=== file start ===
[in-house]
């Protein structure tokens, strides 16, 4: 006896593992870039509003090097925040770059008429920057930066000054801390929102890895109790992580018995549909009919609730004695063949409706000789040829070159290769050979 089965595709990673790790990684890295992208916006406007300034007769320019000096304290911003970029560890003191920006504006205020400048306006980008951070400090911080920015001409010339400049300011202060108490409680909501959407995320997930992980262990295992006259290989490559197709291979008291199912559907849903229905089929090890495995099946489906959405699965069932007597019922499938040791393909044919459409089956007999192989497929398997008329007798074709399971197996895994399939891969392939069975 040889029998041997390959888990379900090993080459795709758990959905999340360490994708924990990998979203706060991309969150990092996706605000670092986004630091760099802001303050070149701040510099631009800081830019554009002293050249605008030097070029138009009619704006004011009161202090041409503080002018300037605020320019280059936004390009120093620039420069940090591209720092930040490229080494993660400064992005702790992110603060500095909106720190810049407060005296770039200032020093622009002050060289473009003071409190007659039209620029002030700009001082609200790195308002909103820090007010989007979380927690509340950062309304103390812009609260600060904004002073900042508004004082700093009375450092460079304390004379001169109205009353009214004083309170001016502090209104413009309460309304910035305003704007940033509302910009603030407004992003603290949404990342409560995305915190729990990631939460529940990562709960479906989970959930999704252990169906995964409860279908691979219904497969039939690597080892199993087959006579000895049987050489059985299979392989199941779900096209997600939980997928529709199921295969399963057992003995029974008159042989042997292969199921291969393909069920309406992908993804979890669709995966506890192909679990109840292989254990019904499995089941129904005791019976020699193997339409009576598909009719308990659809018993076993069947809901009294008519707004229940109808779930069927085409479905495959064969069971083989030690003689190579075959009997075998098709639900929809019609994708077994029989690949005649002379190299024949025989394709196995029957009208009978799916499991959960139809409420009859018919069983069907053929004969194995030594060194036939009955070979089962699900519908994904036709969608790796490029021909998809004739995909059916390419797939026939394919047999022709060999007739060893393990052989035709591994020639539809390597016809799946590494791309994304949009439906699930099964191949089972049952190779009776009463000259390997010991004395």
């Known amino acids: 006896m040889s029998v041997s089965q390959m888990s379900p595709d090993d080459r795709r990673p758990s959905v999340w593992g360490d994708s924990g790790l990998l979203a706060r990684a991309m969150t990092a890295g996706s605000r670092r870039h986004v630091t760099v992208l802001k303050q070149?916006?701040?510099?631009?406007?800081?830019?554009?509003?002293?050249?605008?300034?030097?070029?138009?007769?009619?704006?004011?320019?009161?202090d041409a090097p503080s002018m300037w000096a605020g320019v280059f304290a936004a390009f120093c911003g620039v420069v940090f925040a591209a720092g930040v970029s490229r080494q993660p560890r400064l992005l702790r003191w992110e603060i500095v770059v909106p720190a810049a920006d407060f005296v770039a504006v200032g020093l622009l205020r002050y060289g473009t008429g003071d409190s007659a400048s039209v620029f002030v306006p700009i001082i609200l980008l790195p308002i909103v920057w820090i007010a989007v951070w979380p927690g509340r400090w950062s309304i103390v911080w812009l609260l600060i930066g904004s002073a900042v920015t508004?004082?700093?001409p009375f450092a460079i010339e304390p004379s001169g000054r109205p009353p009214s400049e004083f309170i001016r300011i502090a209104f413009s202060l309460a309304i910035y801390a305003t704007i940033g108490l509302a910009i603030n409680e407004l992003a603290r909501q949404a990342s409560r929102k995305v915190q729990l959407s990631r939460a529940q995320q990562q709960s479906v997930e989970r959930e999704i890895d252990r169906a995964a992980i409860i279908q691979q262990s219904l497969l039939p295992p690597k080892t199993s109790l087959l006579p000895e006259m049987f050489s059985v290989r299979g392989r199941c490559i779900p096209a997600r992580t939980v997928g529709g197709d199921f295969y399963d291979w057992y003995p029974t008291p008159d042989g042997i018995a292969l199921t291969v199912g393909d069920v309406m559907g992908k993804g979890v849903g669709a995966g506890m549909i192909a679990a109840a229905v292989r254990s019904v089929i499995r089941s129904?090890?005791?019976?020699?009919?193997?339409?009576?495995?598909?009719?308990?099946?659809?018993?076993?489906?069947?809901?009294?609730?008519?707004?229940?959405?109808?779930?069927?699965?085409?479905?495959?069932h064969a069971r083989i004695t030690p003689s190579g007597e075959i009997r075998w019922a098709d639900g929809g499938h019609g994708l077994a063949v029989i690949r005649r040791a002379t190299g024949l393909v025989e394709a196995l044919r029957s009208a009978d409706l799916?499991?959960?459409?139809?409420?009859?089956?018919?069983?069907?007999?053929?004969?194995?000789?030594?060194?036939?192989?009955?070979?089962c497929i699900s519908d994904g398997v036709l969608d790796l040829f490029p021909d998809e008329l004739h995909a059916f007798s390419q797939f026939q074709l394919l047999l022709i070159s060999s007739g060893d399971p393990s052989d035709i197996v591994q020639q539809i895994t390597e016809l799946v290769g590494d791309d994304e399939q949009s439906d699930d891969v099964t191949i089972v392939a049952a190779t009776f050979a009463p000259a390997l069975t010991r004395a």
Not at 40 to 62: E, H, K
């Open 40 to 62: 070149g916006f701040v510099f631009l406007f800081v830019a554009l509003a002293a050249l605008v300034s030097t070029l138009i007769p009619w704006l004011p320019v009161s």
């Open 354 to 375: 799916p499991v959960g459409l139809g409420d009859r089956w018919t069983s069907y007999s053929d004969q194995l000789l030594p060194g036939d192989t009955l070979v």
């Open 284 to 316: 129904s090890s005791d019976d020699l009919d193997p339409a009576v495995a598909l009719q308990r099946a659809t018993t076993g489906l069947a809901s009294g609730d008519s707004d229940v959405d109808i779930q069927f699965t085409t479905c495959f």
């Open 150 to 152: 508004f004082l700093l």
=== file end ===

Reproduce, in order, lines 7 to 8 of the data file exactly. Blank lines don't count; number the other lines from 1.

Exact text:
């Open 284 to 316: 129904s090890s005791d019976d020699l009919d193997p339409a009576v495995a598909l009719q308990r099946a659809t018993t076993g489906l069947a809901s009294g609730d008519s707004d229940v959405d109808i779930q069927f699965t085409t479905c495959f």
């Open 150 to 152: 508004f004082l700093l």